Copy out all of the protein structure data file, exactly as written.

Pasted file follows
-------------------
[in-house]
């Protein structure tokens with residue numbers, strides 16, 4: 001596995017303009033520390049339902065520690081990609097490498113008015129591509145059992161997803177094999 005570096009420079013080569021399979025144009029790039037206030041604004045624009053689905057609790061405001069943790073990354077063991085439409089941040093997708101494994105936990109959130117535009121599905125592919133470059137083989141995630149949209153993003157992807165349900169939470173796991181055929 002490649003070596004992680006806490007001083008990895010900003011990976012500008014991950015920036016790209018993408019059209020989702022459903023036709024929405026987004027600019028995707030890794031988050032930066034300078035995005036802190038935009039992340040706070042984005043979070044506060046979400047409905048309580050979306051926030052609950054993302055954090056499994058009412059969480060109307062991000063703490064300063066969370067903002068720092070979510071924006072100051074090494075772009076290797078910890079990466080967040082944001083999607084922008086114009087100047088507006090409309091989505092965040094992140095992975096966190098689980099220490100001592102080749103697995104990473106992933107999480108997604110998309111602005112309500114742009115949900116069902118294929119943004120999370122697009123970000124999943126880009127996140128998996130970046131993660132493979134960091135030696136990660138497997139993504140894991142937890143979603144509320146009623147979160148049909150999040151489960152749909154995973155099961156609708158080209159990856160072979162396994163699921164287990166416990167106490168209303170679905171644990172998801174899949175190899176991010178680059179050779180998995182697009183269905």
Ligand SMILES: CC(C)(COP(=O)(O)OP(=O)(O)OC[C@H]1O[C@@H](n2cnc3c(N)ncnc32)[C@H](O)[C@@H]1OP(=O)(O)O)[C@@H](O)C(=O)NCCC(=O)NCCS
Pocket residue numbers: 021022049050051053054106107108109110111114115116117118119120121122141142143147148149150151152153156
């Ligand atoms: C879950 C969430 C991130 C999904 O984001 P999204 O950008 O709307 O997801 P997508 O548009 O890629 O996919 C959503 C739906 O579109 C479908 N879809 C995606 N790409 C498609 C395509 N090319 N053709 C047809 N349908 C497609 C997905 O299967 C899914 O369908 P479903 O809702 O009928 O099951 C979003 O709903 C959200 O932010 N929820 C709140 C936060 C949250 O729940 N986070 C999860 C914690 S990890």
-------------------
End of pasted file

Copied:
[in-house]
């Protein structure tokens with residue numbers, strides 16, 4: 001596995017303009033520390049339902065520690081990609097490498113008015129591509145059992161997803177094999 005570096009420079013080569021399979025144009029790039037206030041604004045624009053689905057609790061405001069943790073990354077063991085439409089941040093997708101494994105936990109959130117535009121599905125592919133470059137083989141995630149949209153993003157992807165349900169939470173796991181055929 002490649003070596004992680006806490007001083008990895010900003011990976012500008014991950015920036016790209018993408019059209020989702022459903023036709024929405026987004027600019028995707030890794031988050032930066034300078035995005036802190038935009039992340040706070042984005043979070044506060046979400047409905048309580050979306051926030052609950054993302055954090056499994058009412059969480060109307062991000063703490064300063066969370067903002068720092070979510071924006072100051074090494075772009076290797078910890079990466080967040082944001083999607084922008086114009087100047088507006090409309091989505092965040094992140095992975096966190098689980099220490100001592102080749103697995104990473106992933107999480108997604110998309111602005112309500114742009115949900116069902118294929119943004120999370122697009123970000124999943126880009127996140128998996130970046131993660132493979134960091135030696136990660138497997139993504140894991142937890143979603144509320146009623147979160148049909150999040151489960152749909154995973155099961156609708158080209159990856160072979162396994163699921164287990166416990167106490168209303170679905171644990172998801174899949175190899176991010178680059179050779180998995182697009183269905």
Ligand SMILES: CC(C)(COP(=O)(O)OP(=O)(O)OC[C@H]1O[C@@H](n2cnc3c(N)ncnc32)[C@H](O)[C@@H]1OP(=O)(O)O)[C@@H](O)C(=O)NCCC(=O)NCCS
Pocket residue numbers: 021022049050051053054106107108109110111114115116117118119120121122141142143147148149150151152153156
């Ligand atoms: C879950 C969430 C991130 C999904 O984001 P999204 O950008 O709307 O997801 P997508 O548009 O890629 O996919 C959503 C739906 O579109 C479908 N879809 C995606 N790409 C498609 C395509 N090319 N053709 C047809 N349908 C497609 C997905 O299967 C899914 O369908 P479903 O809702 O009928 O099951 C979003 O709903 C959200 O932010 N929820 C709140 C936060 C949250 O729940 N986070 C999860 C914690 S990890």